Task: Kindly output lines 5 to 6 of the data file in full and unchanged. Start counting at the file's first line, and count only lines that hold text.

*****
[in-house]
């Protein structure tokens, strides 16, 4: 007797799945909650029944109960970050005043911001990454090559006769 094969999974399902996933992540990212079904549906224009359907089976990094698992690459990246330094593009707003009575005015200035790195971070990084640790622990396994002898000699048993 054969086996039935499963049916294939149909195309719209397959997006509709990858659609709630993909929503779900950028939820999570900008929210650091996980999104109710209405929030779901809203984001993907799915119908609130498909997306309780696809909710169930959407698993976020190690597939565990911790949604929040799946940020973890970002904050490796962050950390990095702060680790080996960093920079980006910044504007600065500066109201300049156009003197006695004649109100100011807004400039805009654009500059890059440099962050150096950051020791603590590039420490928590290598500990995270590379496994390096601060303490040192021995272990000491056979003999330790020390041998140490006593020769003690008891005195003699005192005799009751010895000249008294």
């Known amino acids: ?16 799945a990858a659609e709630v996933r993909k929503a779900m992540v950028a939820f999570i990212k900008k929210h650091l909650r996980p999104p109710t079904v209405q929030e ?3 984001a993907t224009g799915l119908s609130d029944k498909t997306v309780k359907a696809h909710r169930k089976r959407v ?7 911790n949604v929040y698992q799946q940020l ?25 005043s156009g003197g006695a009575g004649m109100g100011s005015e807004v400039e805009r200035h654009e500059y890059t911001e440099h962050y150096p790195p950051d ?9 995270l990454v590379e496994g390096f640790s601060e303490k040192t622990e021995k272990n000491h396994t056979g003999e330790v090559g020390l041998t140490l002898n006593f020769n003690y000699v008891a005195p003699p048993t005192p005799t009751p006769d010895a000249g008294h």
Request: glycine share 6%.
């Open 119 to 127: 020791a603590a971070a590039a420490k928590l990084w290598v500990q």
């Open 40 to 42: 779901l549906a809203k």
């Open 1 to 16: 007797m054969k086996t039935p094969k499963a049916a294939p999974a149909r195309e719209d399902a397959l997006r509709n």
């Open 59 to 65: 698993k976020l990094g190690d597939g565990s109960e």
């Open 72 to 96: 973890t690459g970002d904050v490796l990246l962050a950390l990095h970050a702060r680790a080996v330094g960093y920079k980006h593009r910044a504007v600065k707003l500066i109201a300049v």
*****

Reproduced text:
């Open 119 to 127: 020791a603590a971070a590039a420490k928590l990084w290598v500990q």
């Open 40 to 42: 779901l549906a809203k």